| ANTIQUE POMERANIANS
|These antique pictures of Pomeranians are from my own very small collection. They show that our current Pomeranians are in some ways very much changed from their not-so-distant ancestors. One of the biggest changes has been in size, from 20 or more pounds in the 19th century down to our own expected size of 3-7 pounds.|
|The first picture is the earliest picture labeled "Pomeranian" that I know anything about. It is an engraving that was published in Buffon's "Natural History" in London, in 1785.|
|This is a "type" that is still common among the products of backyard breeders and puppy mills--short, flat coat; long, pointed muzzle; ears placed wide on the head.|
|The next two pictures are from "Cassell's Illustrated Book of the Dog," published in 1880. At this time Pomeranians were much larger than they commonly are today. (Compare with the Maltese in the color chromolithograph.) Also, the most common color was white, with black another fairly common color.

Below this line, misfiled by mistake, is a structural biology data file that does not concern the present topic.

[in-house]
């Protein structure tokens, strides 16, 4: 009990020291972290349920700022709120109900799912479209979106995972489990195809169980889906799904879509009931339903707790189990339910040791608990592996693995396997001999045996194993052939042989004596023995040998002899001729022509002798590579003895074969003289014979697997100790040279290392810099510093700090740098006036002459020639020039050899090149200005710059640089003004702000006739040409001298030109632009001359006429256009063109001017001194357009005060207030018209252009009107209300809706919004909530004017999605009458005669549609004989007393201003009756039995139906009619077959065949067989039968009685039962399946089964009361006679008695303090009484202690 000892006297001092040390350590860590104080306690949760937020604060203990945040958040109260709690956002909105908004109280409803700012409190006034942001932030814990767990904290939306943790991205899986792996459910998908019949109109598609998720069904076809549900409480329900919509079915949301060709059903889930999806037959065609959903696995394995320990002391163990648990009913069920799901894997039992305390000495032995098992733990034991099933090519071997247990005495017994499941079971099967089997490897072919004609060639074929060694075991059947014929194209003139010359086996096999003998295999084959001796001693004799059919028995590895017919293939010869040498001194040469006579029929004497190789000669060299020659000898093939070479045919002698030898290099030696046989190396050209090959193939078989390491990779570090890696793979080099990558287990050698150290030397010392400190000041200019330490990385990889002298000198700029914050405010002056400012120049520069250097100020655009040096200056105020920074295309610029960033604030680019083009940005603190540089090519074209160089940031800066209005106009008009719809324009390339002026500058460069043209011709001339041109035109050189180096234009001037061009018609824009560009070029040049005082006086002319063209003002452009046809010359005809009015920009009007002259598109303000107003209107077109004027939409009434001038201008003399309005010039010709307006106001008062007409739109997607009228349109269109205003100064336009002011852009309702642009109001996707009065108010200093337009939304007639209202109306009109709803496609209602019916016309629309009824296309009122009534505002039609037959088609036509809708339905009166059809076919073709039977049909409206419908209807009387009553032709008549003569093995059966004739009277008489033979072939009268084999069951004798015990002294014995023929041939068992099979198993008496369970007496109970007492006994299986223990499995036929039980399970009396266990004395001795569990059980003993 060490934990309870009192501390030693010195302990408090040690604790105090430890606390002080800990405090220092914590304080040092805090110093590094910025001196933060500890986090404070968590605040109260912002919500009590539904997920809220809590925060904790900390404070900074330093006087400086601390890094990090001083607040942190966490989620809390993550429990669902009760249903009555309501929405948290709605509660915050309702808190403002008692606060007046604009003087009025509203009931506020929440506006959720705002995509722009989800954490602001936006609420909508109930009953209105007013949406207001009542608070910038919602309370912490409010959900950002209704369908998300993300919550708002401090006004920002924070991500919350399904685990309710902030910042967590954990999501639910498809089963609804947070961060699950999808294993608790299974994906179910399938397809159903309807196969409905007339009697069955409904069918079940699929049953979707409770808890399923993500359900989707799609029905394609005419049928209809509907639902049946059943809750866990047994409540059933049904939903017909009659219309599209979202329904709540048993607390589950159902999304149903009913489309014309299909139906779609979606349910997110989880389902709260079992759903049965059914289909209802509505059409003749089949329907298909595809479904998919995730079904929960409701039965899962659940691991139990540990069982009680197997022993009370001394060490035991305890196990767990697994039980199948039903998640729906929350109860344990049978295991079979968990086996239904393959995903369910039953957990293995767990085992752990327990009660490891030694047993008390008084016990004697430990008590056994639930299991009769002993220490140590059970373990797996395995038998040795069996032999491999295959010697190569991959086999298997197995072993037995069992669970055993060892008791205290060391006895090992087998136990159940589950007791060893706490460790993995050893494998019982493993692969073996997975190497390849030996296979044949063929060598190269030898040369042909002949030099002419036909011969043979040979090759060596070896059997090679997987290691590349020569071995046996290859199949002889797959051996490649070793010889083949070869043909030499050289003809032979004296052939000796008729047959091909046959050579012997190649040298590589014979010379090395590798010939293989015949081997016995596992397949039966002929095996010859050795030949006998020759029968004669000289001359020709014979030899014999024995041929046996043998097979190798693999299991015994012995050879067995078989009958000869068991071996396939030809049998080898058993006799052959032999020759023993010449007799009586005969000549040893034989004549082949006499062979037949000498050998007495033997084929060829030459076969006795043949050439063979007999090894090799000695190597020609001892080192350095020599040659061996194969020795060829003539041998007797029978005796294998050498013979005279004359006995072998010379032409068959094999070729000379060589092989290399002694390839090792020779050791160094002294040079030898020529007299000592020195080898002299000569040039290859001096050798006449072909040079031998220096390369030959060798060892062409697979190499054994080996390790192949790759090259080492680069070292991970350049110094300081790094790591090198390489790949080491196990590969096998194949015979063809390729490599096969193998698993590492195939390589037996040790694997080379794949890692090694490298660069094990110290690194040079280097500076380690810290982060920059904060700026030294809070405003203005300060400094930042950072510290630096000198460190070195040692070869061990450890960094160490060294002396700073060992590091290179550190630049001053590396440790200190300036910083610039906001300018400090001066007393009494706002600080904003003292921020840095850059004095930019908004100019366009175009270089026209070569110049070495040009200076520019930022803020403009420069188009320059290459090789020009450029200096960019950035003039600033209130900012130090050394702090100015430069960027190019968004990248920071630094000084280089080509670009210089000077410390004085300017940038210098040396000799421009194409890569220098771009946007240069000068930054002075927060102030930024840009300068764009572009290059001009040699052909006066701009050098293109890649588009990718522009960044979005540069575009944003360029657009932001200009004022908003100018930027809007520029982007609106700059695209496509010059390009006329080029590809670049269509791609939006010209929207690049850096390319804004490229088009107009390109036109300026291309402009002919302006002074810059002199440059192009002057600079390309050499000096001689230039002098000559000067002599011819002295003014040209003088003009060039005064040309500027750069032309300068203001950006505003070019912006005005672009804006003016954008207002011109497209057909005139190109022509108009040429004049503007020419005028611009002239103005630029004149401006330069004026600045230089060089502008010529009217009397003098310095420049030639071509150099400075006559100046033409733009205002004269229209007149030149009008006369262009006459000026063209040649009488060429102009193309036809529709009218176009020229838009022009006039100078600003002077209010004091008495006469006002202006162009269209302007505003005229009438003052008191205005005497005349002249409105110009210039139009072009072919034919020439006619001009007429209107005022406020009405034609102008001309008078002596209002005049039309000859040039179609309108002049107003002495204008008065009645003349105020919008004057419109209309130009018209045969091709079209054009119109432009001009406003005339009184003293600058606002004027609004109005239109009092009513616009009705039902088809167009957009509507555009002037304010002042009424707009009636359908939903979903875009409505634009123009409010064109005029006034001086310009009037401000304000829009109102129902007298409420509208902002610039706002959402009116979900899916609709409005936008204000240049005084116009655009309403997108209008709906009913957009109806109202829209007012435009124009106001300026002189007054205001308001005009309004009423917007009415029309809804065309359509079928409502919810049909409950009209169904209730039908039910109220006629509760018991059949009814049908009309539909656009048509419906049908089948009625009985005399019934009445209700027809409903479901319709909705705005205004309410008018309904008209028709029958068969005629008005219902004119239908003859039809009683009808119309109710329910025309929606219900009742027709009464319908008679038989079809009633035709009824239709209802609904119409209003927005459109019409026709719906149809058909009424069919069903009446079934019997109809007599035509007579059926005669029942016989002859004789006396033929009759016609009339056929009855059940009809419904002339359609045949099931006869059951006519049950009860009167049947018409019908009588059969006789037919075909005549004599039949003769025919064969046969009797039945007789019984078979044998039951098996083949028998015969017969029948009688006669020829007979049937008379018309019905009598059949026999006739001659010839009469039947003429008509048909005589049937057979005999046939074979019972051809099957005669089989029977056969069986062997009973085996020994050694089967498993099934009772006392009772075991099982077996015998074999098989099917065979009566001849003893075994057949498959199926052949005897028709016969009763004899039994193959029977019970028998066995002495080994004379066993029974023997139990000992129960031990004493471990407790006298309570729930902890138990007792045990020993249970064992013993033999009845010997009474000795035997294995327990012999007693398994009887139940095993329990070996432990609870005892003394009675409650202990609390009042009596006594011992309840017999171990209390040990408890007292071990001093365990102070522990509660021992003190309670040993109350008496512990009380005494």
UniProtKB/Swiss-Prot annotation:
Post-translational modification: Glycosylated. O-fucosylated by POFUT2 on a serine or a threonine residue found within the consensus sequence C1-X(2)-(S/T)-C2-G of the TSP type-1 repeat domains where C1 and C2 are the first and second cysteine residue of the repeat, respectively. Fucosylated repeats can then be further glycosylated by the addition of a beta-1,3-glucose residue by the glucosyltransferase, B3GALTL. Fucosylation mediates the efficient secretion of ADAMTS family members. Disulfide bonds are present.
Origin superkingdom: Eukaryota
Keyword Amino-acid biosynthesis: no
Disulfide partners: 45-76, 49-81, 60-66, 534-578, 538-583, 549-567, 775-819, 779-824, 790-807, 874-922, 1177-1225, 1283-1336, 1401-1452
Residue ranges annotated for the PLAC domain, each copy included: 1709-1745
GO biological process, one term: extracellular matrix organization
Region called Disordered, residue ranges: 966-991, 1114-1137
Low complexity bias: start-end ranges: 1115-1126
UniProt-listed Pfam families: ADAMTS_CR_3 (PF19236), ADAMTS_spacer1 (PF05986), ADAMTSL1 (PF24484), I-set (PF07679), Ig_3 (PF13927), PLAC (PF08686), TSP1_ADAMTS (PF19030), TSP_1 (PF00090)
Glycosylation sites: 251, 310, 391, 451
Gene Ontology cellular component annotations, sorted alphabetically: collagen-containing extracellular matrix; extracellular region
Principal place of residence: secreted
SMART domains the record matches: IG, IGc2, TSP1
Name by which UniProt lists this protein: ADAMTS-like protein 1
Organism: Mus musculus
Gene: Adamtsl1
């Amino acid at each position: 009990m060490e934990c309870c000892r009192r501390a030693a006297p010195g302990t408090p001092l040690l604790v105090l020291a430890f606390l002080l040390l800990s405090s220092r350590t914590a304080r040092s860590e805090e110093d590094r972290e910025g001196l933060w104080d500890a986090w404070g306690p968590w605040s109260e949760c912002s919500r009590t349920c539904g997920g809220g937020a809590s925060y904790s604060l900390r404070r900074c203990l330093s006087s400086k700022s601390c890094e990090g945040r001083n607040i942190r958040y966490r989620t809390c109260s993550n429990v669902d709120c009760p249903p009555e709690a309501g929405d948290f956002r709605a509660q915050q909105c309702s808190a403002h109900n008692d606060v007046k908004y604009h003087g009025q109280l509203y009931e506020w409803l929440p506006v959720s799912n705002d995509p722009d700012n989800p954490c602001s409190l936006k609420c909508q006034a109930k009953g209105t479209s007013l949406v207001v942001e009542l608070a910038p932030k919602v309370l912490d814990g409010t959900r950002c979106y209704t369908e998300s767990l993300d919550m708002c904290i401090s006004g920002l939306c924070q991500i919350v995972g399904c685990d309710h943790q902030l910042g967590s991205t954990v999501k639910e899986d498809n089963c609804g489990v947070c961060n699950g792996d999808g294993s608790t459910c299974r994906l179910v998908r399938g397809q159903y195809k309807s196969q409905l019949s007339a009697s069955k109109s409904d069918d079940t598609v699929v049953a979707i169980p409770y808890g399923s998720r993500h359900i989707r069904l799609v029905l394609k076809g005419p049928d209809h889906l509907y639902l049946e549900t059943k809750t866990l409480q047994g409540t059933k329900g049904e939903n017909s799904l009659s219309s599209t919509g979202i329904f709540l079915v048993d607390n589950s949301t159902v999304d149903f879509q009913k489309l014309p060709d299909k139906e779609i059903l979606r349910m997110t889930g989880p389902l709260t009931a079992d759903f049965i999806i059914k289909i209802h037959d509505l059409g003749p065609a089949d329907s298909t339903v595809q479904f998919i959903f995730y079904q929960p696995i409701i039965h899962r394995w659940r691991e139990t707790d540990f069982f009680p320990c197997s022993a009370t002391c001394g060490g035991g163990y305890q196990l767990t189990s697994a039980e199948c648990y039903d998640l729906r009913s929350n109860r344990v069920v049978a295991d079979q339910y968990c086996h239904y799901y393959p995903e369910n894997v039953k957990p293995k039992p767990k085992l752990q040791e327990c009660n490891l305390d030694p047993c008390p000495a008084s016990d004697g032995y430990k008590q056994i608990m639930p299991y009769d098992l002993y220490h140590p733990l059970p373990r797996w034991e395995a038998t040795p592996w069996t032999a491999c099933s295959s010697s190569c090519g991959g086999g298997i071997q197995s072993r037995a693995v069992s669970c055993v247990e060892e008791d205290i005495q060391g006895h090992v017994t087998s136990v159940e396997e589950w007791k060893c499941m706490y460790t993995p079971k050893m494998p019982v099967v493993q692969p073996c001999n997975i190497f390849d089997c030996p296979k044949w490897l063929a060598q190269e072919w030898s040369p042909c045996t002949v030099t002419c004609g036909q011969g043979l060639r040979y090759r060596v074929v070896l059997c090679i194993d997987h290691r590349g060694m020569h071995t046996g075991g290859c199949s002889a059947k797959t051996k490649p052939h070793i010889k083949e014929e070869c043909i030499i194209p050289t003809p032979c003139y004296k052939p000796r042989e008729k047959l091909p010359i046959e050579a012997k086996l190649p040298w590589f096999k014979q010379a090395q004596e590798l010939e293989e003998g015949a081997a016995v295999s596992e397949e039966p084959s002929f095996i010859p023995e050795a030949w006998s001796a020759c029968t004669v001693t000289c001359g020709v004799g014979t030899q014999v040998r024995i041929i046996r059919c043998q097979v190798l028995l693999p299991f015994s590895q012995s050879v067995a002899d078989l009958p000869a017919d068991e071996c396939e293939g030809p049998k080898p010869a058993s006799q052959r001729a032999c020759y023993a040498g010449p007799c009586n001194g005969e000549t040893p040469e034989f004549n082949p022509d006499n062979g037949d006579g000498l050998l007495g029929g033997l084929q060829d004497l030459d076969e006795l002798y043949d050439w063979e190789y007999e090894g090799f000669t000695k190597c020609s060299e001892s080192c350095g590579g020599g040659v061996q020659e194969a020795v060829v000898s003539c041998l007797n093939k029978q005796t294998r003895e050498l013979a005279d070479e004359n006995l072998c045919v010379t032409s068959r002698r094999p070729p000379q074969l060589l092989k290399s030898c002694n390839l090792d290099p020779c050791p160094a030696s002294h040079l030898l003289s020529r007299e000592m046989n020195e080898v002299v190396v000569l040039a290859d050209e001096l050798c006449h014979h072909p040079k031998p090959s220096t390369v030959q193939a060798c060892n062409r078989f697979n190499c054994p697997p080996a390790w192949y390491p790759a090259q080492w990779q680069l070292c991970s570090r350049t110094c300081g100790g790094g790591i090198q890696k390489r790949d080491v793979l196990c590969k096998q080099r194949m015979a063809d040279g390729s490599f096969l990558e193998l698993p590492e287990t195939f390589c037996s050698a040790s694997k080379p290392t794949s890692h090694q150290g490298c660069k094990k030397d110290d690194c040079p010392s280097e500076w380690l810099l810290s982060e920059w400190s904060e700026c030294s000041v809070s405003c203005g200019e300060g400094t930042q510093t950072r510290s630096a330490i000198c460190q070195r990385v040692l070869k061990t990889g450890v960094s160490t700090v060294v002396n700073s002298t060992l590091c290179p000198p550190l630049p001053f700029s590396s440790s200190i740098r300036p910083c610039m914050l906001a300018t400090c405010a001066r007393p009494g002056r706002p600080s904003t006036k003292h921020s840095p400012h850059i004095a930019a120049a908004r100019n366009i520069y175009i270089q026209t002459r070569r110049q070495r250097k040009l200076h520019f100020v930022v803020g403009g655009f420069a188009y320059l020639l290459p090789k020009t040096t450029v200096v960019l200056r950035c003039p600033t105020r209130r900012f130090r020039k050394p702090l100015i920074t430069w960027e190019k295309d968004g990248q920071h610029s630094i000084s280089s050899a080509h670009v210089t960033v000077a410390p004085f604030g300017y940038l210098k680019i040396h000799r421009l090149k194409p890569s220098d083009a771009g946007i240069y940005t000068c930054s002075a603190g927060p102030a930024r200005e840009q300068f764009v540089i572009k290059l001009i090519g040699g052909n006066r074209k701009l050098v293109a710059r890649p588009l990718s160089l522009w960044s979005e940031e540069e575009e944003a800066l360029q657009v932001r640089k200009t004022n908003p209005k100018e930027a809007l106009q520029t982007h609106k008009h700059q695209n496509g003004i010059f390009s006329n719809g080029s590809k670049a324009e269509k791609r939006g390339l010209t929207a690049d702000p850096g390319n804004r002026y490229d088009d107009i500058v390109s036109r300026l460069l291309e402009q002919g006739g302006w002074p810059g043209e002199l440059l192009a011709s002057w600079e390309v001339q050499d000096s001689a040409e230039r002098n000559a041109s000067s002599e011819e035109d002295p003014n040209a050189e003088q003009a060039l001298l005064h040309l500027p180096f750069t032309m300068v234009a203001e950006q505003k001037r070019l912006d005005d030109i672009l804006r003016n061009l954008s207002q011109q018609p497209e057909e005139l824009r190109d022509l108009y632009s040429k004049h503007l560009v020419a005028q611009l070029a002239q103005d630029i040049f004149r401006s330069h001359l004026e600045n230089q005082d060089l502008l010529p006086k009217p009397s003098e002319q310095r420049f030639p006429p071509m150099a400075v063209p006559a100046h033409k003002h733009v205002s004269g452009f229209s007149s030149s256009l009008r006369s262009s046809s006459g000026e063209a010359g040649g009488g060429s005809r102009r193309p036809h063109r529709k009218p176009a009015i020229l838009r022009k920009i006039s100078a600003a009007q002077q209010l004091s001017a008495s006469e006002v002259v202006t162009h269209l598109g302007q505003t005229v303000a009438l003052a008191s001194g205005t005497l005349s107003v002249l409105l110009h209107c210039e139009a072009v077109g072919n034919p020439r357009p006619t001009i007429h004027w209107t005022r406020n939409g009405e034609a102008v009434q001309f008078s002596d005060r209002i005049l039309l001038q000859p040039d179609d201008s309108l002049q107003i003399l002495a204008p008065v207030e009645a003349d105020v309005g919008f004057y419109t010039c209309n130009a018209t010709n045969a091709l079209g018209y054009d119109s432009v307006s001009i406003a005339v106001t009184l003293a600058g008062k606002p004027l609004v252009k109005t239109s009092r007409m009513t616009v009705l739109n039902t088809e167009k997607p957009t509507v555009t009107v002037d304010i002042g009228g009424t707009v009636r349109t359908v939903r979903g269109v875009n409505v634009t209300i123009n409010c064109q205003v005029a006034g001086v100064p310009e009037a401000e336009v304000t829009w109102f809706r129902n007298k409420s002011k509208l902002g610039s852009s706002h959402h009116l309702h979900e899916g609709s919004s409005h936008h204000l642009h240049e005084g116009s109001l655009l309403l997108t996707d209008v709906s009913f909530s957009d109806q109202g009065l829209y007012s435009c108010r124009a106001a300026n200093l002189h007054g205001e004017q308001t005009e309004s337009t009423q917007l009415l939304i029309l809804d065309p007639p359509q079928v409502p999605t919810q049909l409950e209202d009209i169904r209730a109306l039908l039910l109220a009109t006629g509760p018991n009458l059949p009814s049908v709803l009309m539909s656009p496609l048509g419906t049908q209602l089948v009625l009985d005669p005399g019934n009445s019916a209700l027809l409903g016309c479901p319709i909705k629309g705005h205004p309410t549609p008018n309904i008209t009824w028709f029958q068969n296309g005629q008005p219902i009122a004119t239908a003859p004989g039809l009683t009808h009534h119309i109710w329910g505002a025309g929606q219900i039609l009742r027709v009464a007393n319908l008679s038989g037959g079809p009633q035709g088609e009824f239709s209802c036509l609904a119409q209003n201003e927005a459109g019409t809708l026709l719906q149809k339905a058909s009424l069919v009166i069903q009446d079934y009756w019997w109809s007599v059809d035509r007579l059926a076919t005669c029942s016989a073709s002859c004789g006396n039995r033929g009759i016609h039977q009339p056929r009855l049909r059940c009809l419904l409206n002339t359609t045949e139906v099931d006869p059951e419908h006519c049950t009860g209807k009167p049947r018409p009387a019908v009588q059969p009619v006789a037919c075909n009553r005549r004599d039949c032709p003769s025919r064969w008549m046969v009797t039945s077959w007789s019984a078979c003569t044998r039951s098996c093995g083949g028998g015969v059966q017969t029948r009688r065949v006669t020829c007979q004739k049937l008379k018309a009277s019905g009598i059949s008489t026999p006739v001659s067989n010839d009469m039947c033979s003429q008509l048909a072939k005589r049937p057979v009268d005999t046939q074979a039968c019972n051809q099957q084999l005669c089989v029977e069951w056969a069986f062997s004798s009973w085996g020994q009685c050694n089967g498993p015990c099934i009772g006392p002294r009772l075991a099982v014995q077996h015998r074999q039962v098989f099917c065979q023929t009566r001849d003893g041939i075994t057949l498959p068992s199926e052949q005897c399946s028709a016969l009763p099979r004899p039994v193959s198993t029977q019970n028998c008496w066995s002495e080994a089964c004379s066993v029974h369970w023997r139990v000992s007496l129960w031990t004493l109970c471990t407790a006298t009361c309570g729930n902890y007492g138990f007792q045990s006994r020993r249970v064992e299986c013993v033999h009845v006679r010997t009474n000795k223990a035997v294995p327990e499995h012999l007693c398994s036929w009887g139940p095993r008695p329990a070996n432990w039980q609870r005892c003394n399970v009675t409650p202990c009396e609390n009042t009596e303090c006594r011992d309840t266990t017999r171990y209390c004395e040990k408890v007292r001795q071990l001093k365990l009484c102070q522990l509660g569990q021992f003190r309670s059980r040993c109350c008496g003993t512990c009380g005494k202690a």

Larger Poms today are, in a sense, "throwbacks" to this earlier ancestor.
|The engraving below is from a children's book published in 1890.
An interesting note on this book is the description given to children: "Observe this picture of a Pomeranian dog. He is said to be not so affectionate as other dogs are, and that he soon forgets one master and takes to another. They are quite ladies' dogs, and dog-stealers are very fond of enticing them away."
|In doing Rescue, we can be glad that Pomeranians will take to "another master" easily. Instead of showing them lacking in affection, it shows that even in 1890 Poms were friendly dogs, happy to be loved by anyone willing to show them affection.